Love India, and fascinated by Indian interiors? Want to take a tour of beautiful Indian homes at your own sweet pace, through villages and towns, stopping to smell the grass, wandering through palaces and mahals? This Taschen book is just what you need. Whether you are in the middle of summer in your country, or braving the monsoon storms, this book will make you want to curl up in a chair and enter a magical journey through India. The book is authored by Sunil Sethi, with photographs by Deidi Von Schaewen.
That India is a land of contrasts is a well-known fact. However, the best way to see how varied India really is, is to step in to the homes of its people. If ever there was a book that banished notions about stereotypical Indian interiors, this is it.
Excited when my copy arrived in the mail, I first read Indian Interiors or Interieurs de l'Inde (its French title) from the perspective of a non-Indian, feigning ignorance at the little facts that my mind already knew, absorbing myself in the beauty of my country as I looked through it and wondered at the marvel of India's architecture, grandeur, simplicity, ingenuity and creativity in doing up homes. I was blown away!
Starting with the postmodern Indian residence of Lekha and Ranjan Poddar in Delhi, traversing through homes built with love and hope in Ladakh, palaces and Mahals in Jaipur, havelis in Jodhpur, mud houses in Jaisalmer, nomadic huts in Kutch, Gandhi's ashram, the East Indian legacy in Bombay,Portugese-influenced Goan homes, typical Kerala homes, Auroville in Pondicherry and finally the painted huts in Orissa, I absolutely loved the India tour.
I was pleasantly surprised that the book included huts, village homes and nomadic dwellings to bring out the true picture of Indian home design.
I reread the book, this time with my desi know-it-all attitude, and I was surprised again; that it took a Taschen book to show me how beautiful our village homes really are, at the keen inherent design sense of my people, of the colors they resorted to, and the unique styles, as unique as the cultures they belonged to. I was even more delighted to see pictures of kitchens (I simply love to look at kitchens!) of most of the featured homes. Neat, color-coded, patterned with designs in chalk, or simply functional, the kitchens provide rare insights into the lifestyles of its owners.
The book is multilingual in English, German and French.
What I loved in the book - The fact that it is picture-heavy with long,detailed explanations of pictures, just the way I like a design book to be.
What I wish the book had included - A section on Karnataka homes. My home state and a few other important destinations were sorely neglected. (sigh) How complete it would have been with pictures of typical Bhatkali homes, river dwellings in Kundapur, Mangalorean Catholic homes, the Jain dwelllings in South Kanara, the Gowd Saraswath Brahmin courtyard homes...well, I guess that's something I can remedy, perhaps Taschen would be interested in signing me on? ;)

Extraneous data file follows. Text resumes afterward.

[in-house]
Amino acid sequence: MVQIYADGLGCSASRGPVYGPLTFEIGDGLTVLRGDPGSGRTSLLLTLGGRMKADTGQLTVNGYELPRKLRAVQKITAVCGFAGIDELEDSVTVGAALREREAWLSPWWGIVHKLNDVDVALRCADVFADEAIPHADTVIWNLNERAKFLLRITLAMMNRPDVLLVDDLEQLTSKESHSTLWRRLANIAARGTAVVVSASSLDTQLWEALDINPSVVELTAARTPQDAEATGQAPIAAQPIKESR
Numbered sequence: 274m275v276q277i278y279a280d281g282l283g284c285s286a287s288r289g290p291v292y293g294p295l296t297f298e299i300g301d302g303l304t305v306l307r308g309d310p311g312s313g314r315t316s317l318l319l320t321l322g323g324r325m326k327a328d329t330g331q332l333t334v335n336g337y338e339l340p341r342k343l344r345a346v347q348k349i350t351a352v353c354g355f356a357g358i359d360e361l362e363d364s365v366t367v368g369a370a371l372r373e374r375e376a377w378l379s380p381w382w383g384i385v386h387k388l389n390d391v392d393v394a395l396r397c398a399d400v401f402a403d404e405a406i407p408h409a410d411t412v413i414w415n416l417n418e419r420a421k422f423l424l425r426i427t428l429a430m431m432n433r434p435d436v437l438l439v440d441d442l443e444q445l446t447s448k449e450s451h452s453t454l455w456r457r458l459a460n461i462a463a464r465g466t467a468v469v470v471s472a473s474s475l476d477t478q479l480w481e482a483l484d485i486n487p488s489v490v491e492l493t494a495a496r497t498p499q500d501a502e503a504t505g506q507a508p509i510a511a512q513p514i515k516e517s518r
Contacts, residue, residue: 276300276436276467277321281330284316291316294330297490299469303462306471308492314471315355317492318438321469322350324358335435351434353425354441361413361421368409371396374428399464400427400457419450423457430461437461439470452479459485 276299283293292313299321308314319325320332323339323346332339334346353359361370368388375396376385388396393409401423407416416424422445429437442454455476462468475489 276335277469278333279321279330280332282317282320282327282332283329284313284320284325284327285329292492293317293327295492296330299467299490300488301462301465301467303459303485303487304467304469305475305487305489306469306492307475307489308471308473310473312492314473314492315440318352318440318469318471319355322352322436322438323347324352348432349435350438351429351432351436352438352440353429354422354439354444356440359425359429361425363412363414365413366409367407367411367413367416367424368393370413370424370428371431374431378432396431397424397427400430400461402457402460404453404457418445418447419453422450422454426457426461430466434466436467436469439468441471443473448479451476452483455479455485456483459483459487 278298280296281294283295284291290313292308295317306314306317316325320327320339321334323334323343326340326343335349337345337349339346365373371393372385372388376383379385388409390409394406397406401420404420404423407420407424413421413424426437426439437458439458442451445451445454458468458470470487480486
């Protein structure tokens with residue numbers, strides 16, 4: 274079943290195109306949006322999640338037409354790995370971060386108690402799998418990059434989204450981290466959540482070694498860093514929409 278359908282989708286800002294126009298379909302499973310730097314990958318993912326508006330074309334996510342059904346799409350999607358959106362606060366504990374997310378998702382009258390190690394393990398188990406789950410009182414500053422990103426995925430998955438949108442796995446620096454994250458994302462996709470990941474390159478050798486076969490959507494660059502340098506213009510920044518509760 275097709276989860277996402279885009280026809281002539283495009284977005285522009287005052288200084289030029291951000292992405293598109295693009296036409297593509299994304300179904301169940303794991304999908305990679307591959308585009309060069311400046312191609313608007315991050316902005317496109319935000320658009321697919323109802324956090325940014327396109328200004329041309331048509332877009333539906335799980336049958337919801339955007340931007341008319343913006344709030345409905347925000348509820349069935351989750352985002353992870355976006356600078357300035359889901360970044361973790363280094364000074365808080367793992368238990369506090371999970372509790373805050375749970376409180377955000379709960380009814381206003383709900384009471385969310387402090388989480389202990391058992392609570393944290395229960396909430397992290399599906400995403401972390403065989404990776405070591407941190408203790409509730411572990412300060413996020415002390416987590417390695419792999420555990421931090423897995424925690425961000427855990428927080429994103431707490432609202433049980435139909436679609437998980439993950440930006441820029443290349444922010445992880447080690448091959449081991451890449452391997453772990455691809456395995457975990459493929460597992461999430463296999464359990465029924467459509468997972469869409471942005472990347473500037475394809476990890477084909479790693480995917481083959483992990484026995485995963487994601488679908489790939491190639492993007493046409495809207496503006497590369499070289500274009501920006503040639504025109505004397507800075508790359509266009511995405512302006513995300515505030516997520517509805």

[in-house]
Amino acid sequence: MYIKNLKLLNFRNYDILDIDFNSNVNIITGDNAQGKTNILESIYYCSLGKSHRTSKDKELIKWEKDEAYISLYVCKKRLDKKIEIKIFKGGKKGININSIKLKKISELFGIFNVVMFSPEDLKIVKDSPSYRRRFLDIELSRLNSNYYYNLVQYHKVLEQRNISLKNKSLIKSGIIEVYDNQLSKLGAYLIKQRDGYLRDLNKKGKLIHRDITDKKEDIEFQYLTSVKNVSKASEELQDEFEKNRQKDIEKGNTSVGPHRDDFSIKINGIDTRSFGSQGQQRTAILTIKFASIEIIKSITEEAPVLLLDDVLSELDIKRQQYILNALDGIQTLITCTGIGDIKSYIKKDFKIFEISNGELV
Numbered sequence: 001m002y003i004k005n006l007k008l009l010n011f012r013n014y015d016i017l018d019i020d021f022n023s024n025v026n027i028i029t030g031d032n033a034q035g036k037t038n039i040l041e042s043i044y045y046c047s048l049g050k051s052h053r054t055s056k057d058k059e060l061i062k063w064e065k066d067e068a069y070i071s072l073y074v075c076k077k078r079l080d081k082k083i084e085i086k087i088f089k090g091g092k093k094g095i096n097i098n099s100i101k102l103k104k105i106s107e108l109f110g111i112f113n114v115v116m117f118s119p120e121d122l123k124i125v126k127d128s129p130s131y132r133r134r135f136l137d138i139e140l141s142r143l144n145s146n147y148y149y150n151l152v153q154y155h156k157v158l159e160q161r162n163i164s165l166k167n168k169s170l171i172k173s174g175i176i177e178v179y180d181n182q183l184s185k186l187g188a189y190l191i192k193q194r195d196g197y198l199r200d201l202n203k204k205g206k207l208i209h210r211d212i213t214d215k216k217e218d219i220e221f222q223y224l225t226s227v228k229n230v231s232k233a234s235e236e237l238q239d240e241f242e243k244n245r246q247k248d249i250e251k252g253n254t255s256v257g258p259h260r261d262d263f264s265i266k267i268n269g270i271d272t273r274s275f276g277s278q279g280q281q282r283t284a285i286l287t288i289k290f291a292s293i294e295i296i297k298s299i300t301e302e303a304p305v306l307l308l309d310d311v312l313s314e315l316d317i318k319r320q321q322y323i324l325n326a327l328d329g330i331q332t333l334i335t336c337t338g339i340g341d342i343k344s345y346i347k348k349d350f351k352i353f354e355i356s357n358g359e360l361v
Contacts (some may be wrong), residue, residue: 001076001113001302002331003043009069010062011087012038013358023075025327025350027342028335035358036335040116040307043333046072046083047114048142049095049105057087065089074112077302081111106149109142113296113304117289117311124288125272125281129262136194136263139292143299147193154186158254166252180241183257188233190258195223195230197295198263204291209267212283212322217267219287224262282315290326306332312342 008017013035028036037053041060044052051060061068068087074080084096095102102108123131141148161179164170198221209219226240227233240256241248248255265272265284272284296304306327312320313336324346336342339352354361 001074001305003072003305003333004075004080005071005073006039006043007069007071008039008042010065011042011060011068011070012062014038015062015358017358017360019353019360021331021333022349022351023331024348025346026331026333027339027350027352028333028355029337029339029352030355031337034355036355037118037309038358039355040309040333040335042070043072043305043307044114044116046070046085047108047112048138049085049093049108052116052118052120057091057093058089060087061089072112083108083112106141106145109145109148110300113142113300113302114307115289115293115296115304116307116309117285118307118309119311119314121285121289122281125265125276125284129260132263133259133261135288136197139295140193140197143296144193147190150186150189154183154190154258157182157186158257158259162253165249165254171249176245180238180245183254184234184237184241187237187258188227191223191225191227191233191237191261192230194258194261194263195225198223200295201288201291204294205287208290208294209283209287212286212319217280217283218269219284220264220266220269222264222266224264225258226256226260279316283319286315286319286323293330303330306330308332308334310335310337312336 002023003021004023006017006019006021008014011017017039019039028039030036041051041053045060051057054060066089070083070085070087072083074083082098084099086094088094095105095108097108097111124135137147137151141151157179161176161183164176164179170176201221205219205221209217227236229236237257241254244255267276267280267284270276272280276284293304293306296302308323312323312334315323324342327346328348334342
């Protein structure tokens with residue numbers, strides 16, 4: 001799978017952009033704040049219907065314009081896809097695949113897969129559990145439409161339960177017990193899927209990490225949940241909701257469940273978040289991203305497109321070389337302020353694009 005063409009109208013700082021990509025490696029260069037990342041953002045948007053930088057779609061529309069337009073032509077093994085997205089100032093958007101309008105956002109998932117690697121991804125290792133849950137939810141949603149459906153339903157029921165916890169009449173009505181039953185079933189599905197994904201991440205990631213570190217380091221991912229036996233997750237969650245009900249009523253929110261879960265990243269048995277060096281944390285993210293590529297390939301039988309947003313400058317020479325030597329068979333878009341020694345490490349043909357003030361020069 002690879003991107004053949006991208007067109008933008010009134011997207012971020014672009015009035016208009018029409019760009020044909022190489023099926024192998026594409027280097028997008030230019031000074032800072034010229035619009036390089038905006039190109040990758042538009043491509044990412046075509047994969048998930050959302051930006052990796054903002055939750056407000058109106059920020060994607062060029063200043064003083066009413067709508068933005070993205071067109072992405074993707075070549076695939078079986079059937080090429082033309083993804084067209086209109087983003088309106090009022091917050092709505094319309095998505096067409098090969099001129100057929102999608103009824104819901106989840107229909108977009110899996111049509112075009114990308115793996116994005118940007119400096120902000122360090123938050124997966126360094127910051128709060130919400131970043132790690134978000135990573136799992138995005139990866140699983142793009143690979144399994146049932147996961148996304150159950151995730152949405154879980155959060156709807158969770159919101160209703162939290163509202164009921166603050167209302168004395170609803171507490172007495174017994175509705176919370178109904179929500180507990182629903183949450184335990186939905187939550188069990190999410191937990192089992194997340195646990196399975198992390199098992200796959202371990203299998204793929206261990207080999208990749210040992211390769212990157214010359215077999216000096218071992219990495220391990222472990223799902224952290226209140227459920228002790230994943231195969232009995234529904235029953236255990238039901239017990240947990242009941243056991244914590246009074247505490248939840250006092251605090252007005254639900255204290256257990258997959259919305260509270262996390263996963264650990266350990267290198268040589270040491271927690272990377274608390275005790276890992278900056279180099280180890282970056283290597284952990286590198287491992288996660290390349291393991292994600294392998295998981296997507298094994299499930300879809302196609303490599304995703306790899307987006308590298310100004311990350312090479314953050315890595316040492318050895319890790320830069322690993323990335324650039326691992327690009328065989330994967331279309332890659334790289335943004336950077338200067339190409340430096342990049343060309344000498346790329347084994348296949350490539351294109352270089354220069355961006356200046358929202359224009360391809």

The Key Bunch Verdict:
A rare book idea, a collector's item. Will look great on any coffee table. Brilliant photographs. How ingenious to include smaller village and valley homes alongside palaces!
I have given this book 4 stars because it has beautifully brought out stunning images of Indian homes across the country. However, one star has been taken away because with such an ambitious attempt, if only they had gone a step further to cover homes in the tea estates of Assam,the beautiful Warli wall art in Maharashtra, the hills of Chattisgarh, and of course my homestate Karnataka, it would have been truly complete. I know I am probably being unfair, but I like to tell it like I feel it!
Some of the pictures from the book follow.Taschen allows only 3 pictures per review so I could include just 3 pics, sadly only one of which is of a village home, and not particularly a favorite of mine. But it will have to do... and this is all the more reason for my readers to buy the book, because believe me, the village kitchens are a must-see, so much of inspiration there!
Art deco style in the Jodhpur Palace done by Polish artist Stefan Norblin
The Durbar Hall or throne room of the Dungarpur rulers is decorated
with frescoes of hunting seasons.
The inside of an old haveli
All photos are courtesy Taschen Publications, and cannot be distributed or reproduced without written consent from them.
Taschen, Dr. Angelika (Editor)
Sethi, Sunil / Schaewen, Deidi von
Hardcover, 24 x 31.6 cm (9.4 x 12.4 in.), 280 pages
Multilingual Edition: English, French, German
Buy at Amazon - there is a sale on now!
Labels: Book Review, Deidi Von Schaewen, indian interiors, interieurs de l'inde, sunil sethi, taschen